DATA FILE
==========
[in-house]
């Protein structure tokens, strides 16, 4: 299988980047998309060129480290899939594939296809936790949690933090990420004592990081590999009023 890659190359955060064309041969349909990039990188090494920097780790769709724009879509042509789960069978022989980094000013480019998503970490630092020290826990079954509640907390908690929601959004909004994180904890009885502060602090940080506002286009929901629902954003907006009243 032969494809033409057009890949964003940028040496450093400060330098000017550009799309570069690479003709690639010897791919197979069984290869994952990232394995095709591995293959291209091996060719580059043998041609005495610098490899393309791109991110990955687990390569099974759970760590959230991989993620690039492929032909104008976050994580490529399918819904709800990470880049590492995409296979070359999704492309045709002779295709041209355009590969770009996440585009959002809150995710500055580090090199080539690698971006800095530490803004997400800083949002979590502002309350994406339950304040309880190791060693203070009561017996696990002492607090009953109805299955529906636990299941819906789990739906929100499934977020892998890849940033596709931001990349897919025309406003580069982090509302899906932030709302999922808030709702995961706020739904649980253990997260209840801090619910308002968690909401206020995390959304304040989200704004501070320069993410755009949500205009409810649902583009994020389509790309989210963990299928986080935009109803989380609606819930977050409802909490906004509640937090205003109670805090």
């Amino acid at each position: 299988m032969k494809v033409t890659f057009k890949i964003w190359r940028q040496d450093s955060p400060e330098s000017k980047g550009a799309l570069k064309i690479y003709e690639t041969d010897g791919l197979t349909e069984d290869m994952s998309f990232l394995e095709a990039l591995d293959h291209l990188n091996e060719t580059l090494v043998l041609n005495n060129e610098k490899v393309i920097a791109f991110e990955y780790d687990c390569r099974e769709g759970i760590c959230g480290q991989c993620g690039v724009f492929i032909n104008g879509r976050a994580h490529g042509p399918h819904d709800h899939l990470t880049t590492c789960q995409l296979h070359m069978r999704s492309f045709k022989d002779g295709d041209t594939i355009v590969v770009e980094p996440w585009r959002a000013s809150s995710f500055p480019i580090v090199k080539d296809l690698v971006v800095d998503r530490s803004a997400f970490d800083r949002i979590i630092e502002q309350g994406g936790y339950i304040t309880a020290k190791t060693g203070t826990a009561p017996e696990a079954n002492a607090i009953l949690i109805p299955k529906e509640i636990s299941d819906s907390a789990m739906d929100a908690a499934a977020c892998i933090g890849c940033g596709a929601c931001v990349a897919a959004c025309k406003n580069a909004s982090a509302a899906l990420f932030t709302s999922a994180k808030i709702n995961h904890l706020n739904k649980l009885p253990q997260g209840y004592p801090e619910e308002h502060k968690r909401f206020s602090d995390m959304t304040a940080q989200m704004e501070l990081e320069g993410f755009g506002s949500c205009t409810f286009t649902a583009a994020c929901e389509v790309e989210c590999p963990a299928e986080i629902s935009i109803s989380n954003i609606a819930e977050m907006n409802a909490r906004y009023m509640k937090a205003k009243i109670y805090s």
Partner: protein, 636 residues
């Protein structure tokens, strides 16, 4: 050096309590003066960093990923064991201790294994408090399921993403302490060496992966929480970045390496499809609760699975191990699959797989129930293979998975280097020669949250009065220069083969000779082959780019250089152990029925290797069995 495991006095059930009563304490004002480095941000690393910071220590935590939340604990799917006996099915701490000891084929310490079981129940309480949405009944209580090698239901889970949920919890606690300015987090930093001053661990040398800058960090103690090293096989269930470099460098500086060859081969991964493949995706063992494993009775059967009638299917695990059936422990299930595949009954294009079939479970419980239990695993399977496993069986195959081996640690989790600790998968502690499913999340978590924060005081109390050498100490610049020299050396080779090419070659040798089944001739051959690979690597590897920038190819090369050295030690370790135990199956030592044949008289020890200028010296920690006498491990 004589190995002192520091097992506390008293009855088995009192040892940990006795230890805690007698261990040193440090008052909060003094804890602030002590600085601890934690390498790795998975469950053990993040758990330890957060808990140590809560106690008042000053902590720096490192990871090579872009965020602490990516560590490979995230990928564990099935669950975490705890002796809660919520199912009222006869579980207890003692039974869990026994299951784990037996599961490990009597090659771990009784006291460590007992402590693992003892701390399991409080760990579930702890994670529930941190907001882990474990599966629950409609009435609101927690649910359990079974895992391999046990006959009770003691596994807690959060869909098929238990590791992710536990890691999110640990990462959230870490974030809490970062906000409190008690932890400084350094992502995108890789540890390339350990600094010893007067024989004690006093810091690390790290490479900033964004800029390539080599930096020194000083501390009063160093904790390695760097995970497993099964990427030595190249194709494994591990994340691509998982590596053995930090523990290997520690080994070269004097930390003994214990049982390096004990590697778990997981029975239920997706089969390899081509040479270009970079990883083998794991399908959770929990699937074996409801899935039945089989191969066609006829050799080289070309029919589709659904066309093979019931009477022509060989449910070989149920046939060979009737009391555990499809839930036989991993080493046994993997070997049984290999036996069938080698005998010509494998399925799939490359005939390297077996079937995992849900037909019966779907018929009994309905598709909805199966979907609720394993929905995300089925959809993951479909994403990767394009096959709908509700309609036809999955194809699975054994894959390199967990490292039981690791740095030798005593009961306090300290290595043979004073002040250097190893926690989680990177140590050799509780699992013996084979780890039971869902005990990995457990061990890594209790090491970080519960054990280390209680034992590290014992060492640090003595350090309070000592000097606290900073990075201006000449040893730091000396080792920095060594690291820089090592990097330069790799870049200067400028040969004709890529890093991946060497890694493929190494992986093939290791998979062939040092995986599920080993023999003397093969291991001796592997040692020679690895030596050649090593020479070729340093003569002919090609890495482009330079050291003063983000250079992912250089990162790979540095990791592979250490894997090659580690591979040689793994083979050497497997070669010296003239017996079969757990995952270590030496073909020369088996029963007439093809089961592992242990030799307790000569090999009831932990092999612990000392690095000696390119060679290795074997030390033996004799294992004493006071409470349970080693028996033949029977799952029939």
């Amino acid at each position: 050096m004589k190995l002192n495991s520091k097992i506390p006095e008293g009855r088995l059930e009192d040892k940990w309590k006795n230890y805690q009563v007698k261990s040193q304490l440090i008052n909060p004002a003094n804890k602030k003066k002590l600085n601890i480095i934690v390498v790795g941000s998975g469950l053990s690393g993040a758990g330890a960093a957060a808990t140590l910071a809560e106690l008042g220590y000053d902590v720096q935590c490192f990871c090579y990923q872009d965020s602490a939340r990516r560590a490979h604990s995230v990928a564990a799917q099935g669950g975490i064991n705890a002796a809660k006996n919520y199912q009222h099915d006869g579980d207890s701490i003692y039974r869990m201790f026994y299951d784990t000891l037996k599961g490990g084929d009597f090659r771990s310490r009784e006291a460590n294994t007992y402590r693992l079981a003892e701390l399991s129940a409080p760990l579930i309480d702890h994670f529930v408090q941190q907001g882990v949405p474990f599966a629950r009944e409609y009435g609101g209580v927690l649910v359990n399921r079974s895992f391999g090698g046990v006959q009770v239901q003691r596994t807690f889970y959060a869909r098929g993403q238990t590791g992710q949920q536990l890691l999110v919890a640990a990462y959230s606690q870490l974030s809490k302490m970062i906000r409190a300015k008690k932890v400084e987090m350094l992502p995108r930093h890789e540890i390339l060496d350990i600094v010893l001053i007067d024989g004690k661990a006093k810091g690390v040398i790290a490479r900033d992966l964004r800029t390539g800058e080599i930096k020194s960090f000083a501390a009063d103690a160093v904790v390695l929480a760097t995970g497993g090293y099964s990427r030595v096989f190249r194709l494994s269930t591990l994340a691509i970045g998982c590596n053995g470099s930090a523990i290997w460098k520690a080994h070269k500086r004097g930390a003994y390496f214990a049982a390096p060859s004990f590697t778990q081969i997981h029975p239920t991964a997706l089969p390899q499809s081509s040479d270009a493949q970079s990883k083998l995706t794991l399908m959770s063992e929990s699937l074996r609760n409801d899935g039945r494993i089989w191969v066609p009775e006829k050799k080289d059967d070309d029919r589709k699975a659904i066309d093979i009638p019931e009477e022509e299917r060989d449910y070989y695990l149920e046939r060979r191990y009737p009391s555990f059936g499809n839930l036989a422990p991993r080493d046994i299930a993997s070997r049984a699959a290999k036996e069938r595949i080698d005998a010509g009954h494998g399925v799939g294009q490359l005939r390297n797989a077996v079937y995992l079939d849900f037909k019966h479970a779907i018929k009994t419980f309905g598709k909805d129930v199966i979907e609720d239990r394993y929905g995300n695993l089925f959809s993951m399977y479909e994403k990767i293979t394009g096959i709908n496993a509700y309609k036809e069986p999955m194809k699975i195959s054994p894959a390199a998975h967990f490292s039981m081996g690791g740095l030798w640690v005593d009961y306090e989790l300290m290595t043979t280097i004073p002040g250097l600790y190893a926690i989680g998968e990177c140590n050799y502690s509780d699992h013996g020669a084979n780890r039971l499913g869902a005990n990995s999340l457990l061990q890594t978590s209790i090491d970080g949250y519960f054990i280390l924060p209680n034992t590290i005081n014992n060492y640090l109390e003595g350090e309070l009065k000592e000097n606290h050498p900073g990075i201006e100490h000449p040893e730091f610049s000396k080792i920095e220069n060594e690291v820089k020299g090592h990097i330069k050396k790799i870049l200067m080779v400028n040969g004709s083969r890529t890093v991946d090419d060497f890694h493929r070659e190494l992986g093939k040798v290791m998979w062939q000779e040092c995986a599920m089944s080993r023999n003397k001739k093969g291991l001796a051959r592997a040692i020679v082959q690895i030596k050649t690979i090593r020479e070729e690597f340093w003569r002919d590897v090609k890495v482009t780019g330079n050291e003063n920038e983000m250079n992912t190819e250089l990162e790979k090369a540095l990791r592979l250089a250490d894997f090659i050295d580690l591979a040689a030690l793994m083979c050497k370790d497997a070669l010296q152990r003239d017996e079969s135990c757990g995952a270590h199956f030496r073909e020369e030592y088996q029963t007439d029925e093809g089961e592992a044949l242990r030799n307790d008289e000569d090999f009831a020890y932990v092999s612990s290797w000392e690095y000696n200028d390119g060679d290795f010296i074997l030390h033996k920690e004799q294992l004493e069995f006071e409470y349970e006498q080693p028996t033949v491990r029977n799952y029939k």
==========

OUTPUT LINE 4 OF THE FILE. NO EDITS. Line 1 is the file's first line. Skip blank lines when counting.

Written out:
Partner: protein, 636 residues